And the route we run during the Wine and Dine Half is fantastic. In my opinion, running the January half course is nowhere near as cool as the Wine and Dine half. Not only do you get to run in 3 of the 4 parks instead of only running through 2, but you also get to spend  more time running in each of the parks! During the January race, you’re only in the parks for a little over a mile. At Wine and Dine, you get about 3-4 miles of park running. And park running beats road running any day.

This Year’s Race

This year, my Wine and Dine experience was a little different than it has been in years past.

After running the Red Ribbon Half in the morning, I was slightly less than fresh for the start of the race.

But I had a plan and I stuck with it.

The plan was simple. Start just off at about 8:45 pace or the first 5k and see how the legs feel. If, after 5k I felt ok, I was going to try to bring that pace down towards 8:30 and give another PR a shot.

As we gathered into our corrals, I started to feel the excitement and nerves.

 

After that, it was time to run.

This year, the race organizers did us a huge favor by creating more starting corrals with fewer people in them to limit the cluster that typically happens during the first few miles of a runDisney event. So instead of being in the first corral with 1500 other runners, I was in Corral C with only about 500 runners.

And this small change made a huge difference.

Coming out of the shoot, runner traffic was flowing smoothly. Yes, the road was crowded. But we kept moving, and that is better than some past race experiences that I’ve had. And while the first water station (just past Mile 1) was still narrower than it could be, having fewer people passing through it at the same time did make it easier for those of us not wishing to stop to be able to keep running.

By the time we got to Animal Kingdom, I was still feeling alright so I decided to push it a little bit. At this point, I wasn’t sure my legs would make it for the entire 13.1, but I knew if I didn’t stay close to my target pace while my legs were still feeling good it wouldn’t matter anyway. I mean, there was no way I could knock out a couple of 7 minute miles at the end of this race, so I needed to keep my second 5k around 8:15 to keep an overall 8:30 within reach.

Coming out of DAK is tough, because the trip down Osceola is BORING! But, I kept an eye on my watch and focused on maintaining my breathing as I got through the worst stretch of the Wine and Dine course. By the time I got to the 15k mark, a PR was within reach. I had made it to the Studios, and my overall pace was down to 8:36.

I entered the Studios and tried doing some quick math in my head. I’d have to keep pushing all the way to the finish, but for the first time I really felt like I could get the second PR of the day. The Studios section of the race is tricky, because there are a lot of sharp turns that you have to navigate with tired legs. The first couple are 90* corners, so they don’t slow you down too bad unless runner traffic gets in your way. But there is a 180* turn around the 10 mile mark that is a killer, because it just totally stops all of your momentum.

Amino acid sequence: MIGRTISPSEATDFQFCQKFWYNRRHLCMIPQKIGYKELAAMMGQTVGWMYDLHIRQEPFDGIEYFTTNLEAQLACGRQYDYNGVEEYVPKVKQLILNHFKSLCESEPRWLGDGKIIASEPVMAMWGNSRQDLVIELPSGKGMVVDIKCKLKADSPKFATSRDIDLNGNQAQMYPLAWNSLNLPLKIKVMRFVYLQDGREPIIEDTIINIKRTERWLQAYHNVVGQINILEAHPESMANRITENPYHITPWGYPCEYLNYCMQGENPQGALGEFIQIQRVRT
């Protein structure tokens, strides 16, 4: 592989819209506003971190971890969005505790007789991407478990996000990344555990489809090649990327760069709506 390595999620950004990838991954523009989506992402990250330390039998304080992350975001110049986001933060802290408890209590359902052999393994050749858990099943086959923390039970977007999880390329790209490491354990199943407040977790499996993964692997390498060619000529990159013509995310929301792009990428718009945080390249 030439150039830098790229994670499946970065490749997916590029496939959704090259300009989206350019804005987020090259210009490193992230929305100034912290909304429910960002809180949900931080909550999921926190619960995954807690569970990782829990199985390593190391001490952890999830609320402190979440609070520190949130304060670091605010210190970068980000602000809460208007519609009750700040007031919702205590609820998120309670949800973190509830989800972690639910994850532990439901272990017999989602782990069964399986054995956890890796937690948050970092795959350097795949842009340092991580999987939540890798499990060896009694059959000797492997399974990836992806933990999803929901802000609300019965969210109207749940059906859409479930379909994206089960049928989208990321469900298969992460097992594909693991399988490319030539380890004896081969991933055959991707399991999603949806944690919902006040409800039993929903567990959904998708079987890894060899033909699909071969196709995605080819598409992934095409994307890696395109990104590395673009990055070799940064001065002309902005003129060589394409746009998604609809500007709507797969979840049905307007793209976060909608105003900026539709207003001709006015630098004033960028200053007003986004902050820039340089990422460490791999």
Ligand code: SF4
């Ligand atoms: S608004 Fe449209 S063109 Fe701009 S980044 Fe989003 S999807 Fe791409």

And then there are the lights.

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Photo by Amy. @MomsMagicMiles

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Photo by Amy. @MomsMagicMiles

I’m not much of a Christmas lights person, but every time I enter the Streets of America to this scene, I can’t help but slow down and take as much in as possible. This year, I tried my best not to slow down too much through this section, but I know I did.

Coming out of the Studios with 2 miles to go, I liked my chances. I’ve run the route between the Studios and Epcot dozens of times, so I knew how to cut every corner and accelerate up and down every little “hill”.

Once we got to Epcot, there were so many yelling and screaming people that I knew I could get a lift from their energy. And I did.

I rounded the final corner, crossed the finish line, and the Garmin read 1:52:05! New PR!

Yahtzee!

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When a Run Is Not About the Run

Last week’s long run was a disaster.

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That’s 4:18:54 for 22 miles…

Since I was only 5 weeks out from the Blue Springs Marathon, I wanted to get in the longest run I’d be doing while preparing for my marathon. I decided to shoot for 22ish miles, depending on how I felt and how far my route (that I basically made up on the fly) ended up being. Because Lord knows if I made it back to the car at mile 21, there was no chance I’d end up making it to 21.1, let alone 22.